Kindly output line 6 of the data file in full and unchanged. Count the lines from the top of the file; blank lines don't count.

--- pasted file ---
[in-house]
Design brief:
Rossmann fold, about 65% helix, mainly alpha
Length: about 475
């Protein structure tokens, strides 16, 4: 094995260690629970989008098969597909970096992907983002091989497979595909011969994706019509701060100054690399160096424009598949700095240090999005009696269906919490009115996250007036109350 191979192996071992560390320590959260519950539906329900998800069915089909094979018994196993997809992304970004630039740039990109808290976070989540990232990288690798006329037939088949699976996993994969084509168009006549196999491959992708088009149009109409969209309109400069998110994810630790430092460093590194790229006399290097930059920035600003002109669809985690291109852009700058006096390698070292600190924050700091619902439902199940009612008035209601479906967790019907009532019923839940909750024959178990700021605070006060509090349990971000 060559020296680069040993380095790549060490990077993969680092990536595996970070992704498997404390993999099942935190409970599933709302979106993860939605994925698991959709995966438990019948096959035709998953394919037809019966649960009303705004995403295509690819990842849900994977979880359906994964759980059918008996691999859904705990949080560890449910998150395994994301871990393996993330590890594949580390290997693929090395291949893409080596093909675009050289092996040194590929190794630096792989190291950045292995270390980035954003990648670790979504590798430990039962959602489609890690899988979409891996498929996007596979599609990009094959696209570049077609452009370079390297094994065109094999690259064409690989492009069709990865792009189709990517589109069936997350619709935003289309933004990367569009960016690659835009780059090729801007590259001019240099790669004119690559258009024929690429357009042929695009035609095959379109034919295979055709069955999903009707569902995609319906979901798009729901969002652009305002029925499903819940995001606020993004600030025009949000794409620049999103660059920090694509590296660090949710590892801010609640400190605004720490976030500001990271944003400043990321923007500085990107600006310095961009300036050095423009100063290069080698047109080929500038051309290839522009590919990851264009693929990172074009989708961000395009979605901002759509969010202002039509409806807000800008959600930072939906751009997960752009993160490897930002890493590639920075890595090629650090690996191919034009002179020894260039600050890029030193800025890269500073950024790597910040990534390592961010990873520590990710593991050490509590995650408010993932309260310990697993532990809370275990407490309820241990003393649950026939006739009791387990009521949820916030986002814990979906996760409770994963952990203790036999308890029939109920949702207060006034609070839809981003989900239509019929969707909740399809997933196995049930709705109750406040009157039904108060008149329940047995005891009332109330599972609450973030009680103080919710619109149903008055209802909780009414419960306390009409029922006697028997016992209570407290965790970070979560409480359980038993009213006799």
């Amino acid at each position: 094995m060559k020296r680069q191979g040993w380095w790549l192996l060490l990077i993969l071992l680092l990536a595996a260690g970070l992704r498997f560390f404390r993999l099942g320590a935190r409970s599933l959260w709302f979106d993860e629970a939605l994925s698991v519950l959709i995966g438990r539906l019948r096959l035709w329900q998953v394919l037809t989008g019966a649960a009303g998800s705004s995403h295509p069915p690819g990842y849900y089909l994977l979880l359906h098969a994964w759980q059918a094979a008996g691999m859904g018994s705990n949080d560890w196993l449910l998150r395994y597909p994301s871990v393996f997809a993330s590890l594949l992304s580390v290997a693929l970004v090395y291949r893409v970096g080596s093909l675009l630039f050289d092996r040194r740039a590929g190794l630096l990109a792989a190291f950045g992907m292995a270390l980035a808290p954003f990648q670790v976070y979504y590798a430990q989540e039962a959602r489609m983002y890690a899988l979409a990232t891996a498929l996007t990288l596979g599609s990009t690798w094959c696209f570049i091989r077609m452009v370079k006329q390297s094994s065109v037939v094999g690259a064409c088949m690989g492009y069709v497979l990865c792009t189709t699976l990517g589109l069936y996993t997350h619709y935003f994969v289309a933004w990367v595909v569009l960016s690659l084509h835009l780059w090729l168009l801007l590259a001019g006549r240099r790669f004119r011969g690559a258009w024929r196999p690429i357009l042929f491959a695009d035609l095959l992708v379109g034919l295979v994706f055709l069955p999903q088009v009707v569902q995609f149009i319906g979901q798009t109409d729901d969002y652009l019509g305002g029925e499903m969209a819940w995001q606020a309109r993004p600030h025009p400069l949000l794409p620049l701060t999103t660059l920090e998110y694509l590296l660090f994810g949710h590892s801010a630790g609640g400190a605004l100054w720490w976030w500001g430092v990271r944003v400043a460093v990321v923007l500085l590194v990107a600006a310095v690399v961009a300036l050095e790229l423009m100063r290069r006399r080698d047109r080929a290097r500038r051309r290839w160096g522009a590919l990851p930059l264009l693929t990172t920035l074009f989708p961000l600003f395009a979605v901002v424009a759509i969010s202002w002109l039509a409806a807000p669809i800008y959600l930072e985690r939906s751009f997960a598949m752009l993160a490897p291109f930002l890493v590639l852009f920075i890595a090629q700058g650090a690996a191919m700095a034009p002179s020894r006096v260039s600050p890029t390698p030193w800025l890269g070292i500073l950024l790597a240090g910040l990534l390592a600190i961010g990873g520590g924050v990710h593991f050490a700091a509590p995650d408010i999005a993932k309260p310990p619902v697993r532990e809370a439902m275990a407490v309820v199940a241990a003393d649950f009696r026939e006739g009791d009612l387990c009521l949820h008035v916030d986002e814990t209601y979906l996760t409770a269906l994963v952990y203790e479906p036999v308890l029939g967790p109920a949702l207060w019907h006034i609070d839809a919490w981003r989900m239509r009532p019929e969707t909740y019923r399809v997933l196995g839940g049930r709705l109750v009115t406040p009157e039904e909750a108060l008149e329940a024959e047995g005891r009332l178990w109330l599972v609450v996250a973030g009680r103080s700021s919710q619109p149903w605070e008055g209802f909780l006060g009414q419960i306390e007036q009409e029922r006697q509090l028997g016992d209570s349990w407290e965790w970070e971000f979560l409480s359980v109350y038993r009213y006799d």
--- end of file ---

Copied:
């Amino acid at each position: 094995m060559k020296r680069q191979g040993w380095w790549l192996l060490l990077i993969l071992l680092l990536a595996a260690g970070l992704r498997f560390f404390r993999l099942g320590a935190r409970s599933l959260w709302f979106d993860e629970a939605l994925s698991v519950l959709i995966g438990r539906l019948r096959l035709w329900q998953v394919l037809t989008g019966a649960a009303g998800s705004s995403h295509p069915p690819g990842y849900y089909l994977l979880l359906h098969a994964w759980q059918a094979a008996g691999m859904g018994s705990n949080d560890w196993l449910l998150r395994y597909p994301s871990v393996f997809a993330s590890l594949l992304s580390v290997a693929l970004v090395y291949r893409v970096g080596s093909l675009l630039f050289d092996r040194r740039a590929g190794l630096l990109a792989a190291f950045g992907m292995a270390l980035a808290p954003f990648q670790v976070y979504y590798a430990q989540e039962a959602r489609m983002y890690a899988l979409a990232t891996a498929l996007t990288l596979g599609s990009t690798w094959c696209f570049i091989r077609m452009v370079k006329q390297s094994s065109v037939v094999g690259a064409c088949m690989g492009y069709v497979l990865c792009t189709t699976l990517g589109l069936y996993t997350h619709y935003f994969v289309a933004w990367v595909v569009l960016s690659l084509h835009l780059w090729l168009l801007l590259a001019g006549r240099r790669f004119r011969g690559a258009w024929r196999p690429i357009l042929f491959a695009d035609l095959l992708v379109g034919l295979v994706f055709l069955p999903q088009v009707v569902q995609f149009i319906g979901q798009t109409d729901d969002y652009l019509g305002g029925e499903m969209a819940w995001q606020a309109r993004p600030h025009p400069l949000l794409p620049l701060t999103t660059l920090e998110y694509l590296l660090f994810g949710h590892s801010a630790g609640g400190a605004l100054w720490w976030w500001g430092v990271r944003v400043a460093v990321v923007l500085l590194v990107a600006a310095v690399v961009a300036l050095e790229l423009m100063r290069r006399r080698d047109r080929a290097r500038r051309r290839w160096g522009a590919l990851p930059l264009l693929t990172t920035l074009f989708p961000l600003f395009a979605v901002v424009a759509i969010s202002w002109l039509a409806a807000p669809i800008y959600l930072e985690r939906s751009f997960a598949m752009l993160a490897p291109f930002l890493v590639l852009f920075i890595a090629q700058g650090a690996a191919m700095a034009p002179s020894r006096v260039s600050p890029t390698p030193w800025l890269g070292i500073l950024l790597a240090g910040l990534l390592a600190i961010g990873g520590g924050v990710h593991f050490a700091a509590p995650d408010i999005a993932k309260p310990p619902v697993r532990e809370a439902m275990a407490v309820v199940a241990a003393d649950f009696r026939e006739g009791d009612l387990c009521l949820h008035v916030d986002e814990t209601y979906l996760t409770a269906l994963v952990y203790e479906p036999v308890l029939g967790p109920a949702l207060w019907h006034i609070d839809a919490w981003r989900m239509r009532p019929e969707t909740y019923r399809v997933l196995g839940g049930r709705l109750v009115t406040p009157e039904e909750a108060l008149e329940a024959e047995g005891r009332l178990w109330l599972v609450v996250a973030g009680r103080s700021s919710q619109p149903w605070e008055g209802f909780l006060g009414q419960i306390e007036q009409e029922r006697q509090l028997g016992d209570s349990w407290e965790w970070e971000f979560l409480s359980v109350y038993r009213y006799d």